Compared to other European Union countries, the Czechia ranks worse than the number of employees in the private and public sectors. A higher percentage of workers work in state and local authorities and entities in the Nordic EU countries or in France, while the lowest are in Germany, the Netherlands or Italy. This follows from Eurostat data.
“Clearly, clearly and authoritatively, we calculated how many employees the Czech government sector actually has, which we commonly call the public sector, or popularly known,” said Mojmír Hampl, who is to become the new head of the National Budget Council (NRR).
The data shows not only how many people are paid with taxpayers’ money. The figures also show how the number of these workers has been growing in recent years and is increasingly straining public finances. Experts repeatedly point this out.
“The situation in education is striking. International comparisons show that the level of Czech pupils and students is deteriorating, although more and more teachers and non-teachers are working on them, “said BH Securities chief economist and adviser to Prime Minister Štěpán Křeček. He pointed out that state services do not improve with the admission of other people. “We need reforms, not new employees,” he said.
For example, primary schools are now attended by over 950,000 pupils, taught by almost 90,000 teachers. Even at the turn of the 1990s and 1990s, about 1.25 million children attended primary schools, whose education was cared for by over 60,000 teachers. Thus, there were a third more pupils and a third fewer teachers. At the same time, the level of knowledge has fallen since then.
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Among other things, the number of police officers gradually increased, to around 40,000. In this respect, the Czechia is one of the European record holders. One Czech law enforcement officer protects around 250 citizens, fewer are cared for only by his Cypriot and Maltese colleagues. In contrast, in Austria and the Netherlands, there are one police officer per 320 inhabitants.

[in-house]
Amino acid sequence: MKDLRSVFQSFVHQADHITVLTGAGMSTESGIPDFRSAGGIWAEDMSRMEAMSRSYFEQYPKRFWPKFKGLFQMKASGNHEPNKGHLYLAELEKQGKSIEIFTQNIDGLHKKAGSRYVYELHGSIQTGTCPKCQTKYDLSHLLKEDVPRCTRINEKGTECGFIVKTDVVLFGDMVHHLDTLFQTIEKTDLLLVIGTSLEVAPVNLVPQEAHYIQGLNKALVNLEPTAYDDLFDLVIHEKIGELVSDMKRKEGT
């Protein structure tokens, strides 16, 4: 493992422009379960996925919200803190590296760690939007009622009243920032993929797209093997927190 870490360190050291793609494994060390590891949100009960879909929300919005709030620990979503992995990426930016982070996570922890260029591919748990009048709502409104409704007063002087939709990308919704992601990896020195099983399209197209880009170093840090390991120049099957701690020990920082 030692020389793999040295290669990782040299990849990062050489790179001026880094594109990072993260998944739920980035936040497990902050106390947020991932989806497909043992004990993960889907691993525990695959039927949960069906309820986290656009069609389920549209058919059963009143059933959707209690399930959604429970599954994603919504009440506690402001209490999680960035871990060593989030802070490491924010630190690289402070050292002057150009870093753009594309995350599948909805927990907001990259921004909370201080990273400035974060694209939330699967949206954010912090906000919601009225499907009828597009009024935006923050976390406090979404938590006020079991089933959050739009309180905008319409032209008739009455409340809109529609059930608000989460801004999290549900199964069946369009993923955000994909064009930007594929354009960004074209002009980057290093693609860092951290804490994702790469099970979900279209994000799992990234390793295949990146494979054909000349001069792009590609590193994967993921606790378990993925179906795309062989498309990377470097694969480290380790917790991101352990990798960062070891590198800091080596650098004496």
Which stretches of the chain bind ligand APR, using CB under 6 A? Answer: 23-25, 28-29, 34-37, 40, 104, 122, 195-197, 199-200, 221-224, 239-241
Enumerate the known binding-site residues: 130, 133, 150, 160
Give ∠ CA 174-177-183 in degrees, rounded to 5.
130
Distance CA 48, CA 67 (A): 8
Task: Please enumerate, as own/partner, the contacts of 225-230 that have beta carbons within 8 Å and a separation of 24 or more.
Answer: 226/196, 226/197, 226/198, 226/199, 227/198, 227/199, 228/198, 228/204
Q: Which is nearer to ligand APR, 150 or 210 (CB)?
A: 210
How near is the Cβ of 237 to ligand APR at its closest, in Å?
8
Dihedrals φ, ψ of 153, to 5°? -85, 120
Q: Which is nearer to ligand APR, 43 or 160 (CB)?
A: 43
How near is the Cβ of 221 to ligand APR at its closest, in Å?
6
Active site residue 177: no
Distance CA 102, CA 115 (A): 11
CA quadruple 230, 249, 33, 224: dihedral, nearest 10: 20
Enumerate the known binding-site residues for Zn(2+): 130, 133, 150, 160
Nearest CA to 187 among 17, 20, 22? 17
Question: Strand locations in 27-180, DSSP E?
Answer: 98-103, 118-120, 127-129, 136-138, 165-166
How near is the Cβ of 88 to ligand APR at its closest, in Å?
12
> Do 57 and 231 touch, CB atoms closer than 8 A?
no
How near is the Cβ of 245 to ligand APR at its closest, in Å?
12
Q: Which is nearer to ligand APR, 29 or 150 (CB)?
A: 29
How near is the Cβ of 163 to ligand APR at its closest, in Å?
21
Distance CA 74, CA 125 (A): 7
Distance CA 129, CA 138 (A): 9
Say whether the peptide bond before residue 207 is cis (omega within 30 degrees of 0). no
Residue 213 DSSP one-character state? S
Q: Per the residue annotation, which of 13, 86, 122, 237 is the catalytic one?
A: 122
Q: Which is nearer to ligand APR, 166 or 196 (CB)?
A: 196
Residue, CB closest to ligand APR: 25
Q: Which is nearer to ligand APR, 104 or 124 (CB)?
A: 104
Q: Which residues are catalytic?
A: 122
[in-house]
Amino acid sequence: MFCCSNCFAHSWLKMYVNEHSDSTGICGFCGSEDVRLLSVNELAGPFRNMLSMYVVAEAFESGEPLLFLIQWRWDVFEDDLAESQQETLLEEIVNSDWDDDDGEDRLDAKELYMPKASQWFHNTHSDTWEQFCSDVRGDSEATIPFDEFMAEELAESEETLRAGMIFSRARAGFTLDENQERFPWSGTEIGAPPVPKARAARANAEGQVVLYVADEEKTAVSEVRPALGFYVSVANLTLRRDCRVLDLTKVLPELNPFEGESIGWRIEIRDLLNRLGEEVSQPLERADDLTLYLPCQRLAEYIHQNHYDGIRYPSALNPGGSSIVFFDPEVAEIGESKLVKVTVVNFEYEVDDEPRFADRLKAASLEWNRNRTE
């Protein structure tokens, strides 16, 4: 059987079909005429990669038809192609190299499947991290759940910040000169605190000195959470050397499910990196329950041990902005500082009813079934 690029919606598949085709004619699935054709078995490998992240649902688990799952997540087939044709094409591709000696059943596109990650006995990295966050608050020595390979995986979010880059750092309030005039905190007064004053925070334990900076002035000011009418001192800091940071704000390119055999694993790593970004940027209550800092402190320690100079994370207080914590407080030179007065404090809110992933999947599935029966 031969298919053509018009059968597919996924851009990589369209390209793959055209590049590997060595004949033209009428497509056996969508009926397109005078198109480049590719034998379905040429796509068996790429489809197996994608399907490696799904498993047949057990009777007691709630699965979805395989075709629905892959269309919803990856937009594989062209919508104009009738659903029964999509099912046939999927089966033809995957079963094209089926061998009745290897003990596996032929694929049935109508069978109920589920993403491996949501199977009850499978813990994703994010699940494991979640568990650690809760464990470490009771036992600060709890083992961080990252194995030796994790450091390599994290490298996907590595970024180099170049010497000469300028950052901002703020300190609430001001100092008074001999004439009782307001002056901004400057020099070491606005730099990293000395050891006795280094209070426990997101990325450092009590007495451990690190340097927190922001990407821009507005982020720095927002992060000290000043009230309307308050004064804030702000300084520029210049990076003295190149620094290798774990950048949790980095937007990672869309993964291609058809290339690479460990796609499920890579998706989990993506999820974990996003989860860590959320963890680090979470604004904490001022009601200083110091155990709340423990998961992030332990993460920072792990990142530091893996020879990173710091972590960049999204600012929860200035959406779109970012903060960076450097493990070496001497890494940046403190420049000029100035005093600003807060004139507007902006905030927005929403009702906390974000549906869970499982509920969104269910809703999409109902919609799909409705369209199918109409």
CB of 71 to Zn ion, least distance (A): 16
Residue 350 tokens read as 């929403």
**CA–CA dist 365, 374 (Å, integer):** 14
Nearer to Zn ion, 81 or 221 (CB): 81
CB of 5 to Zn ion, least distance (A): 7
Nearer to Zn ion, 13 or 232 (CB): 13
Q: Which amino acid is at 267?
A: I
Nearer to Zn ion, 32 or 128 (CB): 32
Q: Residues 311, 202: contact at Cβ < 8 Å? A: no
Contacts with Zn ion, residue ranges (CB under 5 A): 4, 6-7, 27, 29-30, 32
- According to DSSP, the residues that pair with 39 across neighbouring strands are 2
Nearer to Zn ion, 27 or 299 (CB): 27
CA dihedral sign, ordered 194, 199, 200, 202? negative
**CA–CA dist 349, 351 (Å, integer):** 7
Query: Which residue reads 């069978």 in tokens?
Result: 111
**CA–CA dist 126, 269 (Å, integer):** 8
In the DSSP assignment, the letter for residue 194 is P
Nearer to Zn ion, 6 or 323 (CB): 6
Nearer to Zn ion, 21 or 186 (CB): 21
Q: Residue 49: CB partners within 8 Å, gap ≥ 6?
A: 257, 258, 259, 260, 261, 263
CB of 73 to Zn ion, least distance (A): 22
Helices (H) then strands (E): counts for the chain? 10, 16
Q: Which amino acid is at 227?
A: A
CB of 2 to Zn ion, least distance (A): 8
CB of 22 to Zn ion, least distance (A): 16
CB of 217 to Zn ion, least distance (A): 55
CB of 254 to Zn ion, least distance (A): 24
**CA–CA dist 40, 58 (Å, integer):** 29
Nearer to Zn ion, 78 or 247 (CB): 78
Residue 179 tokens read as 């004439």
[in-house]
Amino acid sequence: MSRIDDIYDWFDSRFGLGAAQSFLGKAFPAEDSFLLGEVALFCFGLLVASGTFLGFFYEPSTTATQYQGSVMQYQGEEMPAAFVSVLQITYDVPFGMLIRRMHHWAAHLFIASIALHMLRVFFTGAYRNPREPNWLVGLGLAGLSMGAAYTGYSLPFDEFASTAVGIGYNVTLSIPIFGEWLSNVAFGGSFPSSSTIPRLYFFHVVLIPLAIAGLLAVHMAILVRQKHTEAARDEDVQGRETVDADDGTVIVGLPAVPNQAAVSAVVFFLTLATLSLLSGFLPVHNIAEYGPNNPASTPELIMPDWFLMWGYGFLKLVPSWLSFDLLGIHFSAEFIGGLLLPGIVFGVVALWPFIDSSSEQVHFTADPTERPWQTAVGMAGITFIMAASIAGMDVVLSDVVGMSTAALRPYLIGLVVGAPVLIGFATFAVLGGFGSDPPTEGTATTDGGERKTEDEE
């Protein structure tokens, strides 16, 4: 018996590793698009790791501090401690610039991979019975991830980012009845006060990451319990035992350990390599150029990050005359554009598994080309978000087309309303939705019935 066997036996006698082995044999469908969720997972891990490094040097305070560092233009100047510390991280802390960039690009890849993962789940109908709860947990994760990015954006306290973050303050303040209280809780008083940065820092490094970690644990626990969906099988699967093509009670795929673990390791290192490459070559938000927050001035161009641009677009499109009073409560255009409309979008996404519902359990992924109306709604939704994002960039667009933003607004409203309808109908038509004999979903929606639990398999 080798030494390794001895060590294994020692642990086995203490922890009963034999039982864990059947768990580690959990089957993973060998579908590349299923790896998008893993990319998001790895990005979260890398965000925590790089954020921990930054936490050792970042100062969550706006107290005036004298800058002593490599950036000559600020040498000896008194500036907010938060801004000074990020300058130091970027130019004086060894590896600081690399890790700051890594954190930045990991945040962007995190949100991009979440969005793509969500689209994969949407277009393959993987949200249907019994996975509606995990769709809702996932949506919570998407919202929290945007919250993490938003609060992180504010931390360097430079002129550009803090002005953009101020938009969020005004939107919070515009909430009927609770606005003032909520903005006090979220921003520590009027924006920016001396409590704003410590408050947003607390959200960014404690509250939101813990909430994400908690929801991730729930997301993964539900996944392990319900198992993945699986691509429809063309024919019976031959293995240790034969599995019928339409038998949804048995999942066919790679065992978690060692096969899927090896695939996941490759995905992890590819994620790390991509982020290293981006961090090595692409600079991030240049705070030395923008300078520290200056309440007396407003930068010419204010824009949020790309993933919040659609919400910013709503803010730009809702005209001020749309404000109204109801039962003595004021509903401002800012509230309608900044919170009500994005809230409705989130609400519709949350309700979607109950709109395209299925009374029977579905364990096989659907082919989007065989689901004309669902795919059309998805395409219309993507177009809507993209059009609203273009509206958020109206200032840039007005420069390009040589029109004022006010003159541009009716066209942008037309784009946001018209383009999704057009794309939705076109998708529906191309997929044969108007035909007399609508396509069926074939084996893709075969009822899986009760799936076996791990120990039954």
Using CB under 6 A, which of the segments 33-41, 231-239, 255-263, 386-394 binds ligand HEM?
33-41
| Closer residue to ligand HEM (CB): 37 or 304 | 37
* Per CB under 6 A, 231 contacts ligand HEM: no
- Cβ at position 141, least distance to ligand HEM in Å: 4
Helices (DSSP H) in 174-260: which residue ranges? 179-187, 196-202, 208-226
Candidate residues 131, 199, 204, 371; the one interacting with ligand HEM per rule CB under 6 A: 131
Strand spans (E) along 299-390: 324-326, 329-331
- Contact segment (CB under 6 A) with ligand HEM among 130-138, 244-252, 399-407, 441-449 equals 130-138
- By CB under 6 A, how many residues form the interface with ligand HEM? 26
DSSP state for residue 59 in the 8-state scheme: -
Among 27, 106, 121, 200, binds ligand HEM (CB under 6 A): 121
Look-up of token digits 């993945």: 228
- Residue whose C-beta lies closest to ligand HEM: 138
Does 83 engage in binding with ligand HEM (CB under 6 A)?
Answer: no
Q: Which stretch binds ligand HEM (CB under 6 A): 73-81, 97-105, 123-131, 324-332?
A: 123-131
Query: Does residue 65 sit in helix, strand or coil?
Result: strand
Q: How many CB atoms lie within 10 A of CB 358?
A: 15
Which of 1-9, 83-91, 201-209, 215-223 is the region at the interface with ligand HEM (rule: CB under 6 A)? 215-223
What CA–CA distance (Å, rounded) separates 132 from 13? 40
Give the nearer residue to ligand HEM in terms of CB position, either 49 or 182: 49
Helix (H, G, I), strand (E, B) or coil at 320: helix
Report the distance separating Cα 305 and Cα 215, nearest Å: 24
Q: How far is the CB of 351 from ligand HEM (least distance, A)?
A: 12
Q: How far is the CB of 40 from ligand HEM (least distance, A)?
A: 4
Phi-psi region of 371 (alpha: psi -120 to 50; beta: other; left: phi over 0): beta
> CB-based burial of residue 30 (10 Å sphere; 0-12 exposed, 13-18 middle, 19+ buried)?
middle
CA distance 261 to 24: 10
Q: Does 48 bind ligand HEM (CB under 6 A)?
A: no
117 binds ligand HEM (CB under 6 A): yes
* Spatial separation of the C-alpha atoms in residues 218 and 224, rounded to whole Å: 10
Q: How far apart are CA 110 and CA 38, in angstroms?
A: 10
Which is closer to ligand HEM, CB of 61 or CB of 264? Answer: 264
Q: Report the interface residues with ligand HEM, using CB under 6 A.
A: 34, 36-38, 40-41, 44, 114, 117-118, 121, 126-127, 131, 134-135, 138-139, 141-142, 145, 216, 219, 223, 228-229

In addition to staff in education and some armed forces, according to the NRR study, the number of employees in local contributory organizations such as museums, galleries, libraries, theaters, observatories, cultural centers, sports grounds, philharmonic, social care facilities or technical services has increased significantly. The government sector also strengthened in the case of regional, district and university hospitals. The growth of post offices was also recorded by ministries and other central bodies.
On the contrary, the largest decline was in municipal and regional authorities, especially between 2019 and 2020, which is probably related to the coronavirus pandemic. Furthermore, the Railway Administration or the Czech Export Bank slimmed down. The number of positions in state funds and health insurance companies remained more or less the same.
Mojmír Hampl thinks that the study can be used by Petr Fiala’s cabinet in its efforts to consolidate public finances. “The reduction on the expenditure side of the state budget should be preceded by a review of individual agendas and services performed by the government sector, as well as the quality and quantity in which these services are to be provided so as to be sustainably financed in the long term,” Hampl added. however, none of the previous governments has yet agreed on the analysis.
A comparison with Europe shows that the Czech public administration would need to lose excess kilos. Of the EU countries, around 15 percent of all employees in the public sector work in Portugal, Romania, Spain or Ireland. The premium is Germany, where this share is just over ten percent. At the other end of the table is Sweden, whose authorities employ 30 percent of all economically active people in the country.